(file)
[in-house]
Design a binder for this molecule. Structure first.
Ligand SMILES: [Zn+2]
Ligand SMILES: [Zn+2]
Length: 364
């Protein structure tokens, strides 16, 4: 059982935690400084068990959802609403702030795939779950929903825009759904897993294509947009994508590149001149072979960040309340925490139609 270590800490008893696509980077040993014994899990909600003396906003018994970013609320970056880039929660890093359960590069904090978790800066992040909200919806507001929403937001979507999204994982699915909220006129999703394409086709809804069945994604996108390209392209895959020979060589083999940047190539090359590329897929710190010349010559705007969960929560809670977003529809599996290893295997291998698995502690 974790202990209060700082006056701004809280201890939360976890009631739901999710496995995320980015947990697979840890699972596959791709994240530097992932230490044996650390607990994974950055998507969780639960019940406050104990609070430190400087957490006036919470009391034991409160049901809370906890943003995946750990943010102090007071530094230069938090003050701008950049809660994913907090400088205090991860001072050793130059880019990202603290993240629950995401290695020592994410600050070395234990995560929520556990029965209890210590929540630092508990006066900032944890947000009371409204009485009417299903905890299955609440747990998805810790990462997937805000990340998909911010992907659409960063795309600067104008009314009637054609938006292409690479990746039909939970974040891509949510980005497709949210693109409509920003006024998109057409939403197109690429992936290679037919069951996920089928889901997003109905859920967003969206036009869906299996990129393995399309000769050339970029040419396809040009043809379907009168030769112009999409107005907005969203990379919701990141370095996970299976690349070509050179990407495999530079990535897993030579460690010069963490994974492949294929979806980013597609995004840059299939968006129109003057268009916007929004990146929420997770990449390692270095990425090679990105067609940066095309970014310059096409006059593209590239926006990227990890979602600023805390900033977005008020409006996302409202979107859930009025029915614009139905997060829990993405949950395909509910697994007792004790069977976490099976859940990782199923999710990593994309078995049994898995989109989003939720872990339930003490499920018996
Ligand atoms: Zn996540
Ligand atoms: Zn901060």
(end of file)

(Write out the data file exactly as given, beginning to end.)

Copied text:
[in-house]
Design a binder for this molecule. Structure first.
Ligand SMILES: [Zn+2]
Ligand SMILES: [Zn+2]
Length: 364
């Protein structure tokens, strides 16, 4: 059982935690400084068990959802609403702030795939779950929903825009759904897993294509947009994508590149001149072979960040309340925490139609 270590800490008893696509980077040993014994899990909600003396906003018994970013609320970056880039929660890093359960590069904090978790800066992040909200919806507001929403937001979507999204994982699915909220006129999703394409086709809804069945994604996108390209392209895959020979060589083999940047190539090359590329897929710190010349010559705007969960929560809670977003529809599996290893295997291998698995502690 974790202990209060700082006056701004809280201890939360976890009631739901999710496995995320980015947990697979840890699972596959791709994240530097992932230490044996650390607990994974950055998507969780639960019940406050104990609070430190400087957490006036919470009391034991409160049901809370906890943003995946750990943010102090007071530094230069938090003050701008950049809660994913907090400088205090991860001072050793130059880019990202603290993240629950995401290695020592994410600050070395234990995560929520556990029965209890210590929540630092508990006066900032944890947000009371409204009485009417299903905890299955609440747990998805810790990462997937805000990340998909911010992907659409960063795309600067104008009314009637054609938006292409690479990746039909939970974040891509949510980005497709949210693109409509920003006024998109057409939403197109690429992936290679037919069951996920089928889901997003109905859920967003969206036009869906299996990129393995399309000769050339970029040419396809040009043809379907009168030769112009999409107005907005969203990379919701990141370095996970299976690349070509050179990407495999530079990535897993030579460690010069963490994974492949294929979806980013597609995004840059299939968006129109003057268009916007929004990146929420997770990449390692270095990425090679990105067609940066095309970014310059096409006059593209590239926006990227990890979602600023805390900033977005008020409006996302409202979107859930009025029915614009139905997060829990993405949950395909509910697994007792004790069977976490099976859940990782199923999710990593994309078995049994898995989109989003939720872990339930003490499920018996
Ligand atoms: Zn996540
Ligand atoms: Zn901060």